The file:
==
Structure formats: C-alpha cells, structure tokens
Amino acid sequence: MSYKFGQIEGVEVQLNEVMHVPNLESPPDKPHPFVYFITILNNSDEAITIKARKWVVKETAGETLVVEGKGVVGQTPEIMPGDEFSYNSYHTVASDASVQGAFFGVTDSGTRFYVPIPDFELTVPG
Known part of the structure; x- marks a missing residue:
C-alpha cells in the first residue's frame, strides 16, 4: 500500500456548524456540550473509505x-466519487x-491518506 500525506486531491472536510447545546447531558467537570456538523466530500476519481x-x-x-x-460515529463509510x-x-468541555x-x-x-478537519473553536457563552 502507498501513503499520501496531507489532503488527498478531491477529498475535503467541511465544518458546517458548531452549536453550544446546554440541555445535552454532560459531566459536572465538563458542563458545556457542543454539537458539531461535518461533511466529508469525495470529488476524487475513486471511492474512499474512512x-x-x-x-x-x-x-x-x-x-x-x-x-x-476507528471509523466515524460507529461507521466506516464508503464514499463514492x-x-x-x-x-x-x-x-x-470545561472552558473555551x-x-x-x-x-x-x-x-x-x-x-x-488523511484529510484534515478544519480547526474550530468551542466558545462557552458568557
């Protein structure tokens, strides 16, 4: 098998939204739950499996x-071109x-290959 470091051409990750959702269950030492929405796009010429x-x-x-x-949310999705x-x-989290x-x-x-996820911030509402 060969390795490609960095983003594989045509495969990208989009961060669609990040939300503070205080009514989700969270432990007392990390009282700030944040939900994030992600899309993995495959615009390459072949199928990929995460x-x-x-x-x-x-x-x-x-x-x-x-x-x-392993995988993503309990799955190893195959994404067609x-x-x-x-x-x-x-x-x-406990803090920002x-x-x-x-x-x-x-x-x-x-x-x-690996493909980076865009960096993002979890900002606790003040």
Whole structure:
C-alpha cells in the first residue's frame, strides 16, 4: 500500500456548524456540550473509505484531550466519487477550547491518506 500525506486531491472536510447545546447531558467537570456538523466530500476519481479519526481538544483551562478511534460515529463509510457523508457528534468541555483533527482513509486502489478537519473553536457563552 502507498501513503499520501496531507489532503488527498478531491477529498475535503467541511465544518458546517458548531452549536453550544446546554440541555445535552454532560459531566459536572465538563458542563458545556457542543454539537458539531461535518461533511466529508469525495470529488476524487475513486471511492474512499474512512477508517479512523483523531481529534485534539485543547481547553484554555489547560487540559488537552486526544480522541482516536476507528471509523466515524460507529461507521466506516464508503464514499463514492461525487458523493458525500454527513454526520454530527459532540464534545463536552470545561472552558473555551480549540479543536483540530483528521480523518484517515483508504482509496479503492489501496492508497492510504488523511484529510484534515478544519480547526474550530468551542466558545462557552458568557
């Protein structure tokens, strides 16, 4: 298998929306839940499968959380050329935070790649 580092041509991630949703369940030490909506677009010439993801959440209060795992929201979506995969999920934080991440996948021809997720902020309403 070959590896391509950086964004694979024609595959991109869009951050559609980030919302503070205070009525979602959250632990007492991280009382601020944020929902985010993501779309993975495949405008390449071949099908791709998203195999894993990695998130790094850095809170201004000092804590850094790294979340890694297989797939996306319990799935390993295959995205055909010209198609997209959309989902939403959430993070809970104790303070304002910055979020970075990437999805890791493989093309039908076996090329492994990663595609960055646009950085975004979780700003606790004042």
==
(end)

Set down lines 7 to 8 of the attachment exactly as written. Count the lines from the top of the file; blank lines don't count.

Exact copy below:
C-alpha cells in the first residue's frame, strides 16, 4: 500500500456548524456540550473509505484531550466519487477550547491518506 500525506486531491472536510447545546447531558467537570456538523466530500476519481479519526481538544483551562478511534460515529463509510457523508457528534468541555483533527482513509486502489478537519473553536457563552 502507498501513503499520501496531507489532503488527498478531491477529498475535503467541511465544518458546517458548531452549536453550544446546554440541555445535552454532560459531566459536572465538563458542563458545556457542543454539537458539531461535518461533511466529508469525495470529488476524487475513486471511492474512499474512512477508517479512523483523531481529534485534539485543547481547553484554555489547560487540559488537552486526544480522541482516536476507528471509523466515524460507529461507521466506516464508503464514499463514492461525487458523493458525500454527513454526520454530527459532540464534545463536552470545561472552558473555551480549540479543536483540530483528521480523518484517515483508504482509496479503492489501496492508497492510504488523511484529510484534515478544519480547526474550530468551542466558545462557552458568557
């Protein structure tokens, strides 16, 4: 298998929306839940499968959380050329935070790649 580092041509991630949703369940030490909506677009010439993801959440209060795992929201979506995969999920934080991440996948021809997720902020309403 070959590896391509950086964004694979024609595959991109869009951050559609980030919302503070205070009525979602959250632990007492991280009382601020944020929902985010993501779309993975495949405008390449071949099908791709998203195999894993990695998130790094850095809170201004000092804590850094790294979340890694297989797939996306319990799935390993295959995205055909010209198609997209959309989902939403959430993070809970104790303070304002910055979020970075990437999805890791493989093309039908076996090329492994990663595609960055646009950085975004979780700003606790004042």